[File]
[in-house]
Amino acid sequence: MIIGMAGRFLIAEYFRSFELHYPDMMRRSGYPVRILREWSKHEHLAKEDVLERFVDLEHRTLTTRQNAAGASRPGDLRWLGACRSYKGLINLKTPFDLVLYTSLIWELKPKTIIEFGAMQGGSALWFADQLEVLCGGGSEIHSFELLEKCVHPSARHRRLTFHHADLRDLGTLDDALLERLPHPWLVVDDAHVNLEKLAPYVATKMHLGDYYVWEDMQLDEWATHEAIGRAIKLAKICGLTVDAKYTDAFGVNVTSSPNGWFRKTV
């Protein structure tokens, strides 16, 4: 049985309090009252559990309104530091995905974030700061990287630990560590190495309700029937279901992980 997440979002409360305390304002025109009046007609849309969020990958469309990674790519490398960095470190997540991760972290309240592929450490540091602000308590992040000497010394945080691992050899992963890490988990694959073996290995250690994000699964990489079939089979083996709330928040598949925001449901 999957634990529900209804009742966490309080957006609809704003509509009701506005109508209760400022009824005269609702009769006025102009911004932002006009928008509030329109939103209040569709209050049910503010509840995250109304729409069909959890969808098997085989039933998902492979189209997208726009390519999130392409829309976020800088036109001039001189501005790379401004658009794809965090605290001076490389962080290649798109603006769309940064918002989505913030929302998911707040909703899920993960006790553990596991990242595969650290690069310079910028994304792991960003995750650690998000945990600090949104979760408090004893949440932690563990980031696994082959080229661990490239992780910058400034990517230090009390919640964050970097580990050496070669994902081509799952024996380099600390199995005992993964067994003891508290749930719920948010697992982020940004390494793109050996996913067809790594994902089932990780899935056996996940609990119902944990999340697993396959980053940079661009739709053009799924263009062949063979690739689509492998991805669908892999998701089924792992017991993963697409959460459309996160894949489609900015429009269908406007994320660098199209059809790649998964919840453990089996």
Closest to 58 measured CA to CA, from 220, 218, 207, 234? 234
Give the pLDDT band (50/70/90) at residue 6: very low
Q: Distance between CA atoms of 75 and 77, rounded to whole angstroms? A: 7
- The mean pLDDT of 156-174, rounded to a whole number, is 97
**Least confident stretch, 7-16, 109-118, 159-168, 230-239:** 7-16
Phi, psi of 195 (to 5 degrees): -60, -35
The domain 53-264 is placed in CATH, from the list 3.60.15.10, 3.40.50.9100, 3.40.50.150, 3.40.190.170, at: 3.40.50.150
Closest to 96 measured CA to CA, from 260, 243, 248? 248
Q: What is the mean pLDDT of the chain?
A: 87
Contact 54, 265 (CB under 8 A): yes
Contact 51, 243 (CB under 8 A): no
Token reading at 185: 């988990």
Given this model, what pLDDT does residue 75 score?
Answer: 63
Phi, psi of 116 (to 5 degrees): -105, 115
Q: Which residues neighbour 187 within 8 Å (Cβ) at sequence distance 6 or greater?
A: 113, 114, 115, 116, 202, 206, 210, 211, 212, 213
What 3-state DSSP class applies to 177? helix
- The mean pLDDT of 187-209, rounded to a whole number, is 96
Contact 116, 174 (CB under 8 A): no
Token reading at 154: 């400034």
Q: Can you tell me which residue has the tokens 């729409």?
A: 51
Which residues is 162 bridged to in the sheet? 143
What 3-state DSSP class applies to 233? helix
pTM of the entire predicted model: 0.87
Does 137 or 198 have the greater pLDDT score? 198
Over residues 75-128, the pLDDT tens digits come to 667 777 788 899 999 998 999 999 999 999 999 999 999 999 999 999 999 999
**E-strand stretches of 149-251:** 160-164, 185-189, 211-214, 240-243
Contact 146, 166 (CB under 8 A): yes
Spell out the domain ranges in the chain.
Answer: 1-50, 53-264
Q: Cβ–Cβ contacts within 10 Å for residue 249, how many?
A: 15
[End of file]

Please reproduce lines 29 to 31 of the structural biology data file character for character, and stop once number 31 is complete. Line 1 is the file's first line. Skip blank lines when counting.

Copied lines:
What 3-state DSSP class applies to 233? helix
pTM of the entire predicted model: 0.87
Does 137 or 198 have the greater pLDDT score? 198